Bill Gates is being a Halloween buzzkill with his healthy candy
Doesn’t this guy ever let his hair down? It’s Halloween! A long and important tradition, at least as far as I remember, was getting far too much candy and then hoarding it for months. (A parallel tradition only surfaced sometime after the 1980s: fighting over how much of the trick-or-treat take our kids were going to keep.)
Now though, there’s “healthier” candy … where’s the fun in that?
Well, Bill Gates is still just the second richest man in the world … so he has to stay on his game, evidently. So, he wrote on his blog that he’s enamored of great tasting candy that’s suppos’ to be good for you.
It’s called Unreal candy made by Unreal Brands (there’s a TM hanging above one of the words)
Gates explains it’s “a company in Boston that just launched this summer. One of the company’s backers is Vinod Khosla, a co-founder of Sun Microsystems who runs a venture capital firm that invests in clean technology. I’ve invested in the Khosla Ventures fund that helped start Unreal™, which was why I got an early sample of the products.”
So, he’s got money tied up in it.
Also, he says the ethic behind the candy could lead to healthier food all around, which is important because our kids are getting fat.
“Unreal™ has a mission much bigger than just selling candy. It wants to have an impact on some very troubling trends in nutrition and public health in rich countries. Young people in the United States, for example, are estimated to get as much as half their calories from junk food and beverages. Teens consume an average of 24 teaspoons of corn syrup per day. This trend may be related to projections that by 2020, 40 percent of Americans will be clinically obese and half will be diabetic or pre-diabetic.”
Linda Thomas at MyNorthwest.com (where I first saw this story) adds:
“They work hard to ethically source their ingredients, like traceable cacao beans, and sustainable, organic palm oil. The dairy is from cows raised without antibiotics or added hormones. And the candy is made in the USA.”
Trick or … well, trick
This video (or a similar boat trip) is likely to be as close to Bill Gates’ house as any of us will get for trick or treating:
I also wouldn’t drive around trying to find a way to his front door, just saying.
But, you can cruise by his blog and catch some of the “tricks” or comments there (it is admirable that he leaves those comments on his blog).
One commenter complains that another investor in the candy company, Vinod Khosla, is blocking a beach in San Mateo County, Calif.
The Mercury News reported yesterday in a story with the headline “Mysterious owner of San Mateo County beach paradise is asked to let the outside world in” that Khosla is widely suspected of being the property’s owner.
The paper says:
“Martin's Beach, a crescent-shaped spit of sand 10 minutes south of Half Moon Bay, was purchased in 2008 for $37.5 million by Martins Beach LLC, a limited liability company which is believed by surfers and tanning activists to be owned by Silicon Valley venture capital billionaire Vinod Khosla.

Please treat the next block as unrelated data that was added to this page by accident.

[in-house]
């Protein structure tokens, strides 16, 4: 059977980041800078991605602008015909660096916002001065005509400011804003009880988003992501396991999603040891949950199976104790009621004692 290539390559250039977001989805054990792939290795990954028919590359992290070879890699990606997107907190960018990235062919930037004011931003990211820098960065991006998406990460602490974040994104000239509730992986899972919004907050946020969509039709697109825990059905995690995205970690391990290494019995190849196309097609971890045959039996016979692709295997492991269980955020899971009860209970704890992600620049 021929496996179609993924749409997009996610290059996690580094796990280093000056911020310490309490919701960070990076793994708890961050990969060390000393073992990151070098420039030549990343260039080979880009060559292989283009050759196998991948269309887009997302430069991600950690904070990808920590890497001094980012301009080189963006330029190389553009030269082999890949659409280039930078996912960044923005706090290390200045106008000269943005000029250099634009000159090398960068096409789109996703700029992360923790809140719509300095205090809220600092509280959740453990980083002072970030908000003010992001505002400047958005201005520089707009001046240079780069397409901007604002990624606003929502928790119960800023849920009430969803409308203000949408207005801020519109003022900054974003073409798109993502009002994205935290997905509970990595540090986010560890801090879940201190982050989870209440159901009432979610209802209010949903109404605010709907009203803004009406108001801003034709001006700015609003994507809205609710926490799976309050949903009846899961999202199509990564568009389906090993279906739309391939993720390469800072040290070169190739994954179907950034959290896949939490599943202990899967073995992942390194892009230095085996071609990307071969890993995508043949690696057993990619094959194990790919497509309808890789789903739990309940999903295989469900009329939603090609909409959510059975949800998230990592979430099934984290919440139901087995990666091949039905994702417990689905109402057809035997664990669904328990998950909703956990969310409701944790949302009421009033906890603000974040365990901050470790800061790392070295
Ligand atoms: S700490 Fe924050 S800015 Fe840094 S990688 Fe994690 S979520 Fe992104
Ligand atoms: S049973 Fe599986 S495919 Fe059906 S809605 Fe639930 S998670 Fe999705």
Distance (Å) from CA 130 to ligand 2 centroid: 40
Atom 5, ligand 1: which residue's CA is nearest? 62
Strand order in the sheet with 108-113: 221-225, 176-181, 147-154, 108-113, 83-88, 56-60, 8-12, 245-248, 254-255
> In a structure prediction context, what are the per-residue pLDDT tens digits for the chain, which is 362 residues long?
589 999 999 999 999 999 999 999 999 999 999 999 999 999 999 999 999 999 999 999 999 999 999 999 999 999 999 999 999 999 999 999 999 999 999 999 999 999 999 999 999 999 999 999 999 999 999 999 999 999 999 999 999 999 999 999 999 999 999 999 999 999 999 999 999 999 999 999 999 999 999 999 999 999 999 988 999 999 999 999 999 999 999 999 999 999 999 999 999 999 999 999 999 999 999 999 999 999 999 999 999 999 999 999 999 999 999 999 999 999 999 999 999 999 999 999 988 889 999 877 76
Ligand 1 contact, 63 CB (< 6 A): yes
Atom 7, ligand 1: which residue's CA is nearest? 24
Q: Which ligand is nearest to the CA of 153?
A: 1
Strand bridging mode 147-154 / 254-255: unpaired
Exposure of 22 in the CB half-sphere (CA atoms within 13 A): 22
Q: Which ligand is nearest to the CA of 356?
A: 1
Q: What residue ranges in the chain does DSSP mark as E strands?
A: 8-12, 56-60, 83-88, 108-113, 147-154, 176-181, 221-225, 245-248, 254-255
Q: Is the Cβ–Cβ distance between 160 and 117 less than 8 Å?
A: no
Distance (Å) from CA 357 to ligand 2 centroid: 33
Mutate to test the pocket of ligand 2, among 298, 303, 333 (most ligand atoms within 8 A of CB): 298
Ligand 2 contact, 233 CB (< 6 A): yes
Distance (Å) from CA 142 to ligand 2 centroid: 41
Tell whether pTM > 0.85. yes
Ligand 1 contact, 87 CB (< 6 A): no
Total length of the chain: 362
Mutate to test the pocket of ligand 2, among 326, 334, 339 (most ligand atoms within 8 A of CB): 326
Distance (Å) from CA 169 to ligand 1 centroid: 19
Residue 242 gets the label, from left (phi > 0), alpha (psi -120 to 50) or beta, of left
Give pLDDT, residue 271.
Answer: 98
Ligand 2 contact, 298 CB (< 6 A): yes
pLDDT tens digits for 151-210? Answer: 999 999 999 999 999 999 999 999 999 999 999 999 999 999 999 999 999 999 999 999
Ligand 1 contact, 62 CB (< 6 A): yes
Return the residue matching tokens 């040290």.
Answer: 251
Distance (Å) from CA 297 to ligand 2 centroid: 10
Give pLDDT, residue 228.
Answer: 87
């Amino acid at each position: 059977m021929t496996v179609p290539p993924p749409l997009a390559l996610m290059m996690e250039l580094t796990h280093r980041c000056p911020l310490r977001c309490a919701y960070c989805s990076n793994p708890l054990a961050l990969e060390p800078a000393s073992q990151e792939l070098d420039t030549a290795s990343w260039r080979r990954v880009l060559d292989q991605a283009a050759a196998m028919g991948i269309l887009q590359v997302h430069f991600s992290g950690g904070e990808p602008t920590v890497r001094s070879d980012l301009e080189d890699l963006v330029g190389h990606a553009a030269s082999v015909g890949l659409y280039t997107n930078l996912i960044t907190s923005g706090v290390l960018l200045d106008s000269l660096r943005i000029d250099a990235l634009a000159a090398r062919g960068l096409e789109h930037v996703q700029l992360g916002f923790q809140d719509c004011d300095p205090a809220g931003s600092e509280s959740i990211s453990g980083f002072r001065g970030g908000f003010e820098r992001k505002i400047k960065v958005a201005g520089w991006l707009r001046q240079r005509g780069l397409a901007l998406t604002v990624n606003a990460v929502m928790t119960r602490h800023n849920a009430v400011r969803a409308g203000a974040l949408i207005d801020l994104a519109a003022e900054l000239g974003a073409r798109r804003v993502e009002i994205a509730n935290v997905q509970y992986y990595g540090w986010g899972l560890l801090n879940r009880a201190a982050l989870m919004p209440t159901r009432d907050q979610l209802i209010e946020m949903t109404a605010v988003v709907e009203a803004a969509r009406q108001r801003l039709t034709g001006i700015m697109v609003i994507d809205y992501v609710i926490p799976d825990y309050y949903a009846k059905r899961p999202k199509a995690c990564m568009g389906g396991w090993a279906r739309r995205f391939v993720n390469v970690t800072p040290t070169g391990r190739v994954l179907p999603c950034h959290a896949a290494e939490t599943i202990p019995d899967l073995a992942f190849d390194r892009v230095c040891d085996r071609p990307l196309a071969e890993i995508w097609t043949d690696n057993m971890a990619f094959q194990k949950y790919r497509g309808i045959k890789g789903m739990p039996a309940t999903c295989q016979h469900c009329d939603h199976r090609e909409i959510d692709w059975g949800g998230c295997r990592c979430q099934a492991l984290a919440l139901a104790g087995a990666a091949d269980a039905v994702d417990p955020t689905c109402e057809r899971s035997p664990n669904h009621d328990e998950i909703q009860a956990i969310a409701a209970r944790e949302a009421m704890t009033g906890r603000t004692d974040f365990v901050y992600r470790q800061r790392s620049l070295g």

“When Khosla was asked by a reporter for this newspaper to confirm or deny ownership of the property, he fled, refusing to comment. His name surfaced in a letter from Gallo to the Surfrider Foundation last year, but Khosla's role in the dispute remains cloaked in the kind of fog familiar to anyone who has ever been to Martin's Beach.”
Another commenter went a little overboard in seeking the help of the second richest man in the world: “Bill, I do not want my child to be a part of sadistic Australian experiment with contraception.”
Not receiving, apparently, a reply to her comment, she proceeded to comment-bomb the post in true trick or treating fashion.
We’re spending a lot on Halloween
Anyway, Anna King with the Northwest News Network (which KPLU helps support) reports from Kennewick that “if Halloween spending is an indicator of the economy, Americans appear to be feeling better than this time last year – or at least more ghoulish.”
Here’s the rest of her story:
A new survey commissioned by the National Retail Federation found that seven of 10 Americans will celebrate Halloween this year. And they’re spending more says spokeswoman Kathy Grannis.
“The average person is expected to spend about $79 on Halloween decorations, costumes and candy.”
Up from $72 last year. Those numbers are fueled by consumers like 24-year-old Brian Williams and 22-year-old Jennifer Reed.
Williams and Reed were walking out of Halloween City in Kennewick with a giant black spider, tombstones and a fog machine for their zombie at home.
“I’ve always loved Halloween ever since I was little," Reed says. "I've always done a display outside my parent’s house and each year I try to make it a little bit better.”
This year’s ghoulish delights cost the couple about $200.
On the Web:
Halloween spending report (National Retail Federation)